Forever ‘becoming’? Negotiating gendered and ageing embodiment in everyday life

Katy Pilcher*, Wendy Martin

*Corresponding author for this work

Research output: Contribution to journalArticle


Drawing upon 62 participant-produced visual diaries and accompanying interview narratives, this article explores the significance of everyday body work for people in mid- to later life. Departing from previous work that has explored the intersections of gender and age in relation to a single embodied practice, this article highlights the salience of a myriad of bodily practices for the everyday ways that gender and ageing identities are constituted, specifically hair styling, beauty work, clothing, and dieting. We argue that women negotiate a gendered pressure to age well, which results in an in/visibility paradox, in which they are at one and the same time seen, but not seen. Consequently, we question whether women are thus forever ‘becoming’ – attempting to become embodied subjects, alongside subjecting to ‘becoming’ – aligning with normative discourses. The article examines the competing ways that ageing and gendered bodies are constructed, together with participants’ embodied resistance to negative normalising discourses.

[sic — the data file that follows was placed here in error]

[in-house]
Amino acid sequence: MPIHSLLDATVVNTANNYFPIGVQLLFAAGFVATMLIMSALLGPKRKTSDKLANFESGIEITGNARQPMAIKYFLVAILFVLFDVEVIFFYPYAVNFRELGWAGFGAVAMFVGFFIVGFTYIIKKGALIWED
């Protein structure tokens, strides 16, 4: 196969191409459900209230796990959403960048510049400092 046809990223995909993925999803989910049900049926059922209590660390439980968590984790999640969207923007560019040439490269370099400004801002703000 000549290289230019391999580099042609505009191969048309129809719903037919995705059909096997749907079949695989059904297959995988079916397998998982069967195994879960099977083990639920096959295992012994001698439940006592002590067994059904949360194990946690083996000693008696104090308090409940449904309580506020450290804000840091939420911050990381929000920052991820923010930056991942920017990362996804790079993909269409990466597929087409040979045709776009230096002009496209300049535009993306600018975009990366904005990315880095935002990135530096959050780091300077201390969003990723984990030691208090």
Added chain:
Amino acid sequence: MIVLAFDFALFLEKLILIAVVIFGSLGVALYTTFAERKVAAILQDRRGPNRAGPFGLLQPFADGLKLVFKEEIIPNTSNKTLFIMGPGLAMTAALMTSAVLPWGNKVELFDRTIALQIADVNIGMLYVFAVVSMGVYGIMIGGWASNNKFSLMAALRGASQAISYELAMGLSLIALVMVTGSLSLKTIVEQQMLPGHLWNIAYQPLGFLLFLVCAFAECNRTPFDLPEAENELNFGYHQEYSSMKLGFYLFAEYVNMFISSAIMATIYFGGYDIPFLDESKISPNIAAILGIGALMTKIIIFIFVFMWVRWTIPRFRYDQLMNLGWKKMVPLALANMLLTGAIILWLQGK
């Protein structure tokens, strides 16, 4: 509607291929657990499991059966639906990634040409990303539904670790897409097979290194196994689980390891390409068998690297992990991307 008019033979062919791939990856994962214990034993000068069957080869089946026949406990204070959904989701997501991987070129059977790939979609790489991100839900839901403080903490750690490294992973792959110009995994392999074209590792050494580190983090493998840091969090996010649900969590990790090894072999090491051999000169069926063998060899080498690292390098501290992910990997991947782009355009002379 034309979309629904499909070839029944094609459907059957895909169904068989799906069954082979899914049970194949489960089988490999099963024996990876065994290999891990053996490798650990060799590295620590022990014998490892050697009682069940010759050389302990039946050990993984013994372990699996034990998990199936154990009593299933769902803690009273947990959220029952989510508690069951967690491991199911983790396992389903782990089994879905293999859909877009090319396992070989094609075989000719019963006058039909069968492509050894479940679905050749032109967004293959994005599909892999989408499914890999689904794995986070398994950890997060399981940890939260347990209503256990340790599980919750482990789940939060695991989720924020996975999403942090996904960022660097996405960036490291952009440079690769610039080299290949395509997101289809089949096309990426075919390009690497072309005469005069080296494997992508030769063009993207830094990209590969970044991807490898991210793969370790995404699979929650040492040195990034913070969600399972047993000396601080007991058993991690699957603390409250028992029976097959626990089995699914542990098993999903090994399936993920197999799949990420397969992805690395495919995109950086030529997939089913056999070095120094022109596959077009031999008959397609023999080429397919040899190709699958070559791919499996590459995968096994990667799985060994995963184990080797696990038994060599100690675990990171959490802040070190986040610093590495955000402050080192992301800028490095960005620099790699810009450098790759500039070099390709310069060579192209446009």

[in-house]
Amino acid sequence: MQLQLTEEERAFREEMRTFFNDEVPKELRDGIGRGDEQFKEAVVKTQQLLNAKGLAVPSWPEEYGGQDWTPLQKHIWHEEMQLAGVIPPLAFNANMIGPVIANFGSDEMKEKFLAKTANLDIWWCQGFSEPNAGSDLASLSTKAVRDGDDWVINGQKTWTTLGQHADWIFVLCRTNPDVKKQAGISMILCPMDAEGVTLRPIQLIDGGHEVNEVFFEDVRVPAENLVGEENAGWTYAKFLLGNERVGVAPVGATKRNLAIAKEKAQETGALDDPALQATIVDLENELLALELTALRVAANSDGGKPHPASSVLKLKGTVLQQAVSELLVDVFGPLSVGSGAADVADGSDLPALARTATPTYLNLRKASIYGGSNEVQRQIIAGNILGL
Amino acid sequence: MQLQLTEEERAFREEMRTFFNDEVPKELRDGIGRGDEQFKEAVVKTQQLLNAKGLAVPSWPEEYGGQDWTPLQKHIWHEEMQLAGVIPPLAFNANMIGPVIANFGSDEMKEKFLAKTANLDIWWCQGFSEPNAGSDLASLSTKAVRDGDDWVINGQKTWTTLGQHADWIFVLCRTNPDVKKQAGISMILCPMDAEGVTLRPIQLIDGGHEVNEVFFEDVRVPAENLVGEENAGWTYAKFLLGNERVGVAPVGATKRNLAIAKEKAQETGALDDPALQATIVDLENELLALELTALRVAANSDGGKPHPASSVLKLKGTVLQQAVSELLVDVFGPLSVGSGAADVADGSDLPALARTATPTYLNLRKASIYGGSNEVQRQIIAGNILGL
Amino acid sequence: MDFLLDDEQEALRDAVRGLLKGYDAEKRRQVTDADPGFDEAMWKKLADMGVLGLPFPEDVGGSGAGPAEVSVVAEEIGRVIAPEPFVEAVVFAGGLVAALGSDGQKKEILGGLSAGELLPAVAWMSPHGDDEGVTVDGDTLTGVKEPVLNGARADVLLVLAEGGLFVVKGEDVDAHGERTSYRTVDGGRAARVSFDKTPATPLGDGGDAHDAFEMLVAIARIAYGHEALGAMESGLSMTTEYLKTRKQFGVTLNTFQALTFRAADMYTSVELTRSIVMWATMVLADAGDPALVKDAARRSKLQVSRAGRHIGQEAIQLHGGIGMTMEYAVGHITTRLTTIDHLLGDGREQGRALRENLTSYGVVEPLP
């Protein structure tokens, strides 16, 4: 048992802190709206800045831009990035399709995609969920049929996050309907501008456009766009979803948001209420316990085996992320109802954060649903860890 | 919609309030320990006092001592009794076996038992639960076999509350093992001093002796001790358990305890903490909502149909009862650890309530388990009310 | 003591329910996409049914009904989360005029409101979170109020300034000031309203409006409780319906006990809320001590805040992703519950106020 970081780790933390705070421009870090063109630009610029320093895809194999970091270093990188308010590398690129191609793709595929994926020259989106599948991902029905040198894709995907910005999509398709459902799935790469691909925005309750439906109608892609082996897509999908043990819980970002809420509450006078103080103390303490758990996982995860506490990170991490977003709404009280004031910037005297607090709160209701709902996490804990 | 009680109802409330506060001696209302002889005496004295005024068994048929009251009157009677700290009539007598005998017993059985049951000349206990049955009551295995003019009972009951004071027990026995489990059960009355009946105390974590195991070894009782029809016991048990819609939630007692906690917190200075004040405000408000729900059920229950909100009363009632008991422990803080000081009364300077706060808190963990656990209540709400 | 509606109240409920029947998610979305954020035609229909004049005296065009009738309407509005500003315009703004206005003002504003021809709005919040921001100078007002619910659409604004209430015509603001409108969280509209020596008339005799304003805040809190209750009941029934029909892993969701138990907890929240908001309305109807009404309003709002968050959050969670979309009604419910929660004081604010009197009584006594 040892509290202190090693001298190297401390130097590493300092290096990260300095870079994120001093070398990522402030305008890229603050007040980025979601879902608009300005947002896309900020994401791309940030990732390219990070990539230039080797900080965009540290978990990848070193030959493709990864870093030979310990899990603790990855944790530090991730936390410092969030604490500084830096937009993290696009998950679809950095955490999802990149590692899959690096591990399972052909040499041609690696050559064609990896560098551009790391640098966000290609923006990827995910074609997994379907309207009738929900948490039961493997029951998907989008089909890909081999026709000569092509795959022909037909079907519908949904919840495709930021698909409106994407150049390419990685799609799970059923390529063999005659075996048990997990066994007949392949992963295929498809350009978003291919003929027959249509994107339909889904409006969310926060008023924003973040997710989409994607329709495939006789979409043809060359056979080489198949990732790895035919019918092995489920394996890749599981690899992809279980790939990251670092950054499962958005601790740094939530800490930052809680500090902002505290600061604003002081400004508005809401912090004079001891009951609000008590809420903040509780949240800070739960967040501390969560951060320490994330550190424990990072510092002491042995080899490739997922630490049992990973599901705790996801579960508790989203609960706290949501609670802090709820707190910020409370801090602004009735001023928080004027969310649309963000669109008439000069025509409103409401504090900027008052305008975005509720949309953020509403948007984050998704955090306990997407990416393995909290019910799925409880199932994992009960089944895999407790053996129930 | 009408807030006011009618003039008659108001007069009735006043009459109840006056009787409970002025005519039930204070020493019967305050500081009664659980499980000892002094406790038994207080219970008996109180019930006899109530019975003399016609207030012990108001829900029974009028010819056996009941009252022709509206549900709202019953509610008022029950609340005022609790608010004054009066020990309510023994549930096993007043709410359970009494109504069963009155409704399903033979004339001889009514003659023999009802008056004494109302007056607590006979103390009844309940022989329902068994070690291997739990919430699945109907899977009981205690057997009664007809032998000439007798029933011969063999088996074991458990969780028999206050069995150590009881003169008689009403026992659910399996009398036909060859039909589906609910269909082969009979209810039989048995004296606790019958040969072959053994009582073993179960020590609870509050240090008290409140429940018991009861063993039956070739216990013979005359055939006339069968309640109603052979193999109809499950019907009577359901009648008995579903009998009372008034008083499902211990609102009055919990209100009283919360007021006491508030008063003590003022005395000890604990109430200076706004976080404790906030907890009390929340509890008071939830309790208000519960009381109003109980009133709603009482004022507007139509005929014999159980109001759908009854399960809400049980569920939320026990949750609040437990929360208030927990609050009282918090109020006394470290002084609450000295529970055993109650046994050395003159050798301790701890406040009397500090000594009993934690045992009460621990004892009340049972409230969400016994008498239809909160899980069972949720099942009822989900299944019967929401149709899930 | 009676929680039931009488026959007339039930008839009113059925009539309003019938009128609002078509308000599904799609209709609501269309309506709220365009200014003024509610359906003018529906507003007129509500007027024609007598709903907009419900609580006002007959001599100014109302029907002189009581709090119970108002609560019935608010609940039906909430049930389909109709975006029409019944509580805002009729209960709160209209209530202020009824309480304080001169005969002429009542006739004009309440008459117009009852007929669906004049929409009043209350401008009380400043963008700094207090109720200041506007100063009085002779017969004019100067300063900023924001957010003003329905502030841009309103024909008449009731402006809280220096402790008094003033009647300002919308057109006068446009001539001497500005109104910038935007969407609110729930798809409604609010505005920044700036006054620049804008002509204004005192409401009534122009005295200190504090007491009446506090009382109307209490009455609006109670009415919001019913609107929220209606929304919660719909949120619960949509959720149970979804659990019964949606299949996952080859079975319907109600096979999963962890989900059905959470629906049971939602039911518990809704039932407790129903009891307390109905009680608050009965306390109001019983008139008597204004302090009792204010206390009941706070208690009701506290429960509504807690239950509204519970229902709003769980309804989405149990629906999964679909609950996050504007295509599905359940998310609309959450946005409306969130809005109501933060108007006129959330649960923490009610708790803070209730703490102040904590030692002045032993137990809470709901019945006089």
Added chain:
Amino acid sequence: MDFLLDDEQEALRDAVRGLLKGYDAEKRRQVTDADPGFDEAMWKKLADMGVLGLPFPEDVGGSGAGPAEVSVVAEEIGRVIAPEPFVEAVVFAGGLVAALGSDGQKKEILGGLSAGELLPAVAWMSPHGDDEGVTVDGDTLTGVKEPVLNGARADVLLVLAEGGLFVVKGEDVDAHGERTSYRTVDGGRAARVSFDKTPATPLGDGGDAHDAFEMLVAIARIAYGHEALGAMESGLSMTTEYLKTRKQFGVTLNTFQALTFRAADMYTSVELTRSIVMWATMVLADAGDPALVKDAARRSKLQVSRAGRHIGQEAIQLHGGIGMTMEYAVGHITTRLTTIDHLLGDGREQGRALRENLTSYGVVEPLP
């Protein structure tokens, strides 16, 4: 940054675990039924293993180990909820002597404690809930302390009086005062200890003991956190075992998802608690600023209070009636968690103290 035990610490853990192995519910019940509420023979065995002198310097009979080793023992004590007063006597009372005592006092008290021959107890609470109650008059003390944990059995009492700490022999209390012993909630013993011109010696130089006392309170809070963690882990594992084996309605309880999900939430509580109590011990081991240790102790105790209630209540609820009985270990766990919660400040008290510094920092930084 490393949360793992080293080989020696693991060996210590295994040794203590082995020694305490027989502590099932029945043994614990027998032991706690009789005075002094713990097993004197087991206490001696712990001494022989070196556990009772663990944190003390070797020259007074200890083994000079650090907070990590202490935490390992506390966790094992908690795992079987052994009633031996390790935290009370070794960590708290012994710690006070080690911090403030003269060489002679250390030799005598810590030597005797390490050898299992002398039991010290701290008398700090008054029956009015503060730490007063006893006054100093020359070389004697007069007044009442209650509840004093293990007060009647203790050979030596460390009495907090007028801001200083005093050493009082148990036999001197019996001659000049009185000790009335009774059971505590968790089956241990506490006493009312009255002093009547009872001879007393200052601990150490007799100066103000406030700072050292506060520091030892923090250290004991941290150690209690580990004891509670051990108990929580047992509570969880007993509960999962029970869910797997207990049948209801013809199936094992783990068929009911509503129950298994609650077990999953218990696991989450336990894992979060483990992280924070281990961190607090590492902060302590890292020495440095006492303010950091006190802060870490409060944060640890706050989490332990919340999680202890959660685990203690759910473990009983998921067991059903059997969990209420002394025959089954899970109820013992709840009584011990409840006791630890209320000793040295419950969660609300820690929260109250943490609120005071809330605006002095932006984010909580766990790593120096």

Original languageEnglish
JournalSociological research online
Early online date25 Jun 2020
Publication statusE-pub ahead of print - 25 Jun 2020

Bibliographical note article is distributed under the terms of the Creative Commons Attribution 4.0 License ( which permits any use, reproduction and distribution of the work without further permission provided the original work is attributed as specified on the SAGE and Open Access page (
Funding: ESRC (RES-061-25-0459)


  • ageing
  • body work
  • embodiment
  • everyday life
  • gender
  • visual methods

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